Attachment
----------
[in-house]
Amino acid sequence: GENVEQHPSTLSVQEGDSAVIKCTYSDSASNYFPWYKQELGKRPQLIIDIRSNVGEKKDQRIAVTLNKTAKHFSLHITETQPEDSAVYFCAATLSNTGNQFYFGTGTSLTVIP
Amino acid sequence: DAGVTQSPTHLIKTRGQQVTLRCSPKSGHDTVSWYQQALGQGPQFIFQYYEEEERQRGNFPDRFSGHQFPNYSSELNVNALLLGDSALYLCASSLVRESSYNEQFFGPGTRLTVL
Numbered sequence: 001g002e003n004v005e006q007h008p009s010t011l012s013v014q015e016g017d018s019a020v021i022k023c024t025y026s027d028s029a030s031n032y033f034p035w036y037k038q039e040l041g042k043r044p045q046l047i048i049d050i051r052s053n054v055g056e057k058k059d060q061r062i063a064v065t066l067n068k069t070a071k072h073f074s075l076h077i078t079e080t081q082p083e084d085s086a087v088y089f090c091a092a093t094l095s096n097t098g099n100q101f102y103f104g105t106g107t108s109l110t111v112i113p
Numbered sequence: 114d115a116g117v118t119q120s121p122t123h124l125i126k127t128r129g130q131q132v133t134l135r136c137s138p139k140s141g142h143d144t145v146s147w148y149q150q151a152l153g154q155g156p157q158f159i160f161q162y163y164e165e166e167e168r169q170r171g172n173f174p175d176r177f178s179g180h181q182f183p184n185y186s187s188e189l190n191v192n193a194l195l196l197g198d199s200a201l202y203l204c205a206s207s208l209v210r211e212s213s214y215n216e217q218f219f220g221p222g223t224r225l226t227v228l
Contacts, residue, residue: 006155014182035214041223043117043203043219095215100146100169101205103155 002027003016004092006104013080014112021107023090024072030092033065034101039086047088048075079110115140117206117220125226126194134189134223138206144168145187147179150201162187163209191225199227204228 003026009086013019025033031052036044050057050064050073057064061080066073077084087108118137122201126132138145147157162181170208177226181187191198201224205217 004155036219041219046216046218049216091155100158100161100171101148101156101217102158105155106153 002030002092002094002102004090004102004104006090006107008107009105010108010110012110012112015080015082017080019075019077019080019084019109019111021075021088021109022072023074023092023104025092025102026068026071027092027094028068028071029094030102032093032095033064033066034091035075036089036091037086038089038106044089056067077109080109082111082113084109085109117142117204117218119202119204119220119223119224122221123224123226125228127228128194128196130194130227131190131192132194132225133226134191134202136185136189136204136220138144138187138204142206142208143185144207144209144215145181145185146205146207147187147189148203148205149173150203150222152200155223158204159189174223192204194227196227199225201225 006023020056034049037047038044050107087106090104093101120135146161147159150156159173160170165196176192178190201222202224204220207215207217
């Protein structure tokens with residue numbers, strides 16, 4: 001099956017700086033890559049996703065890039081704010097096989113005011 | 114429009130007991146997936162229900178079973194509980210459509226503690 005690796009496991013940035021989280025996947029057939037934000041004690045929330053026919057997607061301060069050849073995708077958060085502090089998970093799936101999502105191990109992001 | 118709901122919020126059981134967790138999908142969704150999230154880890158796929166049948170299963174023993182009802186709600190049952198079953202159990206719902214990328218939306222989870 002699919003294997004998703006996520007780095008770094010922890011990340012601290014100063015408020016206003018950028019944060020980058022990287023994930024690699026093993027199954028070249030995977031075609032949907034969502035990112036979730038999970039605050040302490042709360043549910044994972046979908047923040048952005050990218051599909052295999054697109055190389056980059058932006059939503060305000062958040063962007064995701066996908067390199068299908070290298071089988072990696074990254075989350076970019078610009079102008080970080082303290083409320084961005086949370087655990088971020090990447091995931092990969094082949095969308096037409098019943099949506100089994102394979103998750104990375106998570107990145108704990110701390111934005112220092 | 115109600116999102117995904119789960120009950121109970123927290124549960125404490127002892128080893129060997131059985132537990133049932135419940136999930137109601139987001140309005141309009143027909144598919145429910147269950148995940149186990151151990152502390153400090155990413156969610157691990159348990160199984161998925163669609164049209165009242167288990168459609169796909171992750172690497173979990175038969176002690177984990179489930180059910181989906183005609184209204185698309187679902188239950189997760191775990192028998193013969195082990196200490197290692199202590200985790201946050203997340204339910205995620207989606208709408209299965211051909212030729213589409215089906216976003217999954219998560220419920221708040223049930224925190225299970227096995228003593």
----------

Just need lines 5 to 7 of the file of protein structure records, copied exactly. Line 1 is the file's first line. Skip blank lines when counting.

Numbered sequence: 114d115a116g117v118t119q120s121p122t123h124l125i126k127t128r129g130q131q132v133t134l135r136c137s138p139k140s141g142h143d144t145v146s147w148y149q150q151a152l153g154q155g156p157q158f159i160f161q162y163y164e165e166e167e168r169q170r171g172n173f174p175d176r177f178s179g180h181q182f183p184n185y186s187s188e189l190n191v192n193a194l195l196l197g198d199s200a201l202y203l204c205a206s207s208l209v210r211e212s213s214y215n216e217q218f219f220g221p222g223t224r225l226t227v228l
Contacts, residue, residue: 006155014182035214041223043117043203043219095215100146100169101205103155 002027003016004092006104013080014112021107023090024072030092033065034101039086047088048075079110115140117206117220125226126194134189134223138206144168145187147179150201162187163209191225199227204228 003026009086013019025033031052036044050057050064050073057064061080066073077084087108118137122201126132138145147157162181170208177226181187191198201224205217 004155036219041219046216046218049216091155100158100161100171101148101156101217102158105155106153 002030002092002094002102004090004102004104006090006107008107009105010108010110012110012112015080015082017080019075019077019080019084019109019111021075021088021109022072023074023092023104025092025102026068026071027092027094028068028071029094030102032093032095033064033066034091035075036089036091037086038089038106044089056067077109080109082111082113084109085109117142117204117218119202119204119220119223119224122221123224123226125228127228128194128196130194130227131190131192132194132225133226134191134202136185136189136204136220138144138187138204142206142208143185144207144209144215145181145185146205146207147187147189148203148205149173150203150222152200155223158204159189174223192204194227196227199225201225 006023020056034049037047038044050107087106090104093101120135146161147159150156159173160170165196176192178190201222202224204220207215207217
């Protein structure tokens with residue numbers, strides 16, 4: 001099956017700086033890559049996703065890039081704010097096989113005011 | 114429009130007991146997936162229900178079973194509980210459509226503690 005690796009496991013940035021989280025996947029057939037934000041004690045929330053026919057997607061301060069050849073995708077958060085502090089998970093799936101999502105191990109992001 | 118709901122919020126059981134967790138999908142969704150999230154880890158796929166049948170299963174023993182009802186709600190049952198079953202159990206719902214990328218939306222989870 002699919003294997004998703006996520007780095008770094010922890011990340012601290014100063015408020016206003018950028019944060020980058022990287023994930024690699026093993027199954028070249030995977031075609032949907034969502035990112036979730038999970039605050040302490042709360043549910044994972046979908047923040048952005050990218051599909052295999054697109055190389056980059058932006059939503060305000062958040063962007064995701066996908067390199068299908070290298071089988072990696074990254075989350076970019078610009079102008080970080082303290083409320084961005086949370087655990088971020090990447091995931092990969094082949095969308096037409098019943099949506100089994102394979103998750104990375106998570107990145108704990110701390111934005112220092 | 115109600116999102117995904119789960120009950121109970123927290124549960125404490127002892128080893129060997131059985132537990133049932135419940136999930137109601139987001140309005141309009143027909144598919145429910147269950148995940149186990151151990152502390153400090155990413156969610157691990159348990160199984161998925163669609164049209165009242167288990168459609169796909171992750172690497173979990175038969176002690177984990179489930180059910181989906183005609184209204185698309187679902188239950189997760191775990192028998193013969195082990196200490197290692199202590200985790201946050203997340204339910205995620207989606208709408209299965211051909212030729213589409215089906216976003217999954219998560220419920221708040223049930224925190225299970227096995228003593």